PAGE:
The use of social media tools during the Mumbai incident has caused a stir. The Guardian's PDA blog talks about the use of unsubstantiated claims from the general public here. The Independent's Tom Sutcliffe has been very critical in his opinion piece here.

Torturous sci-fi (MAC387)

One of the main themes I'm going to be exploring in next week's lecture on MAC387, the Science-Fiction Television module, is the necessity of human suffering. More specifically, I'm going to be looking at the use of torture as a plot device in the recent re-imagining of Battlestar Galactica.

It seems to me that the human suffering, or at least the very threat of human suffering plays an active role in those US television shows which are affiliated with the fantasy and science-fiction genres. Of course, human suffering is not restricted to these genres - after all the Fox show 24, has long used the device as an essential plot point. Jack Bauer both tortures and is tortured throughout the 6 series that have aired to date. I'll never forget the impact that Season 1 Episode 11 (10:00am) had on me, when Jack threatens the business man Ted Coffell with the Gulag technique - pulling the acid from the stomach up the windpipe using little more than a cloth. It was the idea or the threat of violence which was more affective rather than later episodes which 'showed' rather than 'told'.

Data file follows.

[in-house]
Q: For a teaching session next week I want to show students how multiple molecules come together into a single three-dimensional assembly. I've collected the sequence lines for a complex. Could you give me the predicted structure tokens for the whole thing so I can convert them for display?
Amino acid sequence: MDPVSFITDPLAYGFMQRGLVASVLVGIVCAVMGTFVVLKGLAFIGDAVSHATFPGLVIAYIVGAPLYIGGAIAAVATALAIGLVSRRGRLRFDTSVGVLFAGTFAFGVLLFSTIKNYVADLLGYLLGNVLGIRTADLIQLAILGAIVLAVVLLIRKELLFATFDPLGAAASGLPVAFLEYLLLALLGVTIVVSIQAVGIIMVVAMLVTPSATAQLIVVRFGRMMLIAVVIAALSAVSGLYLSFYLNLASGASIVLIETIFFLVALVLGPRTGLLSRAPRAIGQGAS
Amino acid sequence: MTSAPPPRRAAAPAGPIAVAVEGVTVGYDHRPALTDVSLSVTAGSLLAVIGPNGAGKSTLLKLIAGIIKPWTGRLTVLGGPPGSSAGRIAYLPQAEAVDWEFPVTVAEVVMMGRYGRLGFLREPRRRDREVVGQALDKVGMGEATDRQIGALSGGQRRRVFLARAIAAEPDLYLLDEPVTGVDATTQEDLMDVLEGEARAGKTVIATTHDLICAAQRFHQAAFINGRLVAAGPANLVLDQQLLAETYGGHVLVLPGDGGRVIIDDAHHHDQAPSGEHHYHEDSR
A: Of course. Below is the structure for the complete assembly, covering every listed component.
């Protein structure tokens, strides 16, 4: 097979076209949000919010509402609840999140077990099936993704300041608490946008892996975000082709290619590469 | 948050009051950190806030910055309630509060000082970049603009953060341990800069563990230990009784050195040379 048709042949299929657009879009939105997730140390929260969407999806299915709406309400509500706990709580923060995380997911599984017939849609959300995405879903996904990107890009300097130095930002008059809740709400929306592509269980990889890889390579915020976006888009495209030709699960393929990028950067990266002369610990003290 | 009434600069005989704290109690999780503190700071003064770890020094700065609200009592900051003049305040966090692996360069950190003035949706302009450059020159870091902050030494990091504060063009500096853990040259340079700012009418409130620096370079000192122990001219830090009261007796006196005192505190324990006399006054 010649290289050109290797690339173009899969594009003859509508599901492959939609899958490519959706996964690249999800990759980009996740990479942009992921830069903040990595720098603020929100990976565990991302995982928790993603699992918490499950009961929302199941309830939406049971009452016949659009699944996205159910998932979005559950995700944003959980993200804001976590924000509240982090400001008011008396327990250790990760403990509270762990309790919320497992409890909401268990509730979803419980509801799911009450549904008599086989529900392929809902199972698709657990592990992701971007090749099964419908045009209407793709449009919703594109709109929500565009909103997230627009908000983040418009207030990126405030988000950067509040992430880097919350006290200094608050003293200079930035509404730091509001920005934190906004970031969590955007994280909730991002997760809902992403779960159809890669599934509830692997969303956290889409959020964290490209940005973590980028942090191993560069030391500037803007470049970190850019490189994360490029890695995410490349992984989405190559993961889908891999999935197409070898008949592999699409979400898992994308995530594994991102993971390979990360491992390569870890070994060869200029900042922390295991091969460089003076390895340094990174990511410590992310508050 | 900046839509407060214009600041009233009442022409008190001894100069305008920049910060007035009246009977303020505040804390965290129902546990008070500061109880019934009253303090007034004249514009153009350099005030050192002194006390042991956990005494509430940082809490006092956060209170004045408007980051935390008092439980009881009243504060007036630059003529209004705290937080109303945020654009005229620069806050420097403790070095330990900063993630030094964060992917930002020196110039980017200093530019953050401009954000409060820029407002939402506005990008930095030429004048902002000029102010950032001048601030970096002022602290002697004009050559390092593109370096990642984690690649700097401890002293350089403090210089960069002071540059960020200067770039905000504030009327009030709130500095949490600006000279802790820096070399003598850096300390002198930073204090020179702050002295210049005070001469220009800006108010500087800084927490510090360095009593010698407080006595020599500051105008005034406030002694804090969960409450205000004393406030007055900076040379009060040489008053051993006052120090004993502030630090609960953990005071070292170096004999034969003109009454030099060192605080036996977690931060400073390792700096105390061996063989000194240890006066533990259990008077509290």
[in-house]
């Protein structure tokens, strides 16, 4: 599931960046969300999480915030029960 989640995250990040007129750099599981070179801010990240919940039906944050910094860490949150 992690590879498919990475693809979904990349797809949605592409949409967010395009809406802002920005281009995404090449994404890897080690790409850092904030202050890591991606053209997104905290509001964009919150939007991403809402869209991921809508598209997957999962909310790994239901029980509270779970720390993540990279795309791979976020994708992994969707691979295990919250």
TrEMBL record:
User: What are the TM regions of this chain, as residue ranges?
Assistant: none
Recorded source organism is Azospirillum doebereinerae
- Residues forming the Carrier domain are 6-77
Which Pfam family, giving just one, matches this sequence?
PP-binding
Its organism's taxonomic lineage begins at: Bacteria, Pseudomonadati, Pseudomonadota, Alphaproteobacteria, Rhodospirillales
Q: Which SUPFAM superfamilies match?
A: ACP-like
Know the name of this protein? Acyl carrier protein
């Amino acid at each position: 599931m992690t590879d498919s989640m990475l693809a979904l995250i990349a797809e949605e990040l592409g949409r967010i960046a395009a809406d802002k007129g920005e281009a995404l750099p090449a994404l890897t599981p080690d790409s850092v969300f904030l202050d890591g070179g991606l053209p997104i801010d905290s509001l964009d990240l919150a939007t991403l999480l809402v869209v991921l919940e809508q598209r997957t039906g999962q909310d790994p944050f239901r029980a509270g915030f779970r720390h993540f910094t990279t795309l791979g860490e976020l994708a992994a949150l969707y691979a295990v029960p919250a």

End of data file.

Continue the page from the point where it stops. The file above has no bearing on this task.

Anyway, this post is mainly a listing exercise. I thought I'd put a few memorable torture sequences from fantasy/sci-fi series up here just in case I forget them during next week's sessions. Also, as the essay question I set deals with this issue I thought it would be a good place for students to find relevant examples. I've already lost a set of ideas/episodes that I had written down on a post-it note so the digital version might fare a little better

Battlestar Galactica Season 1 Episode 8 'Flesh and Blood'

Battlestar Galactica Season 2 Episode 10 'Pegasus'

Battlestar Galactica Season 3 Episode 13 'Taking A Break Form All Your Worries'
Video below

Firefly Season 1 Epsiode 10 'War Stories'


Lost Season 1 Episode 8 'Confidence Man'

Video below

Terminator: The Sarah Connor Chronicles Season 2 Episode 4 'Allison From Palmdale'

Terminator: The Sarah Connor Chronicles Season 2 Episode 9 ' Complications'

Stargate SG1 Season 7 Episode 11/12 'Evolution 1 + 2'

Heroes Season 2 Episode 2 'Lizards'


Heroes Season 2 Episode 9 'Cautionary Tales'
Video below


Heroes Season 3 Episode 10 'It's Coming'

Star Trek: The Next Generation Season 6 'Chain of Command Part 1 + 2'

If you can think of any more stand out sci-fi/fantasy shows with scenes of torture be sure to let me know.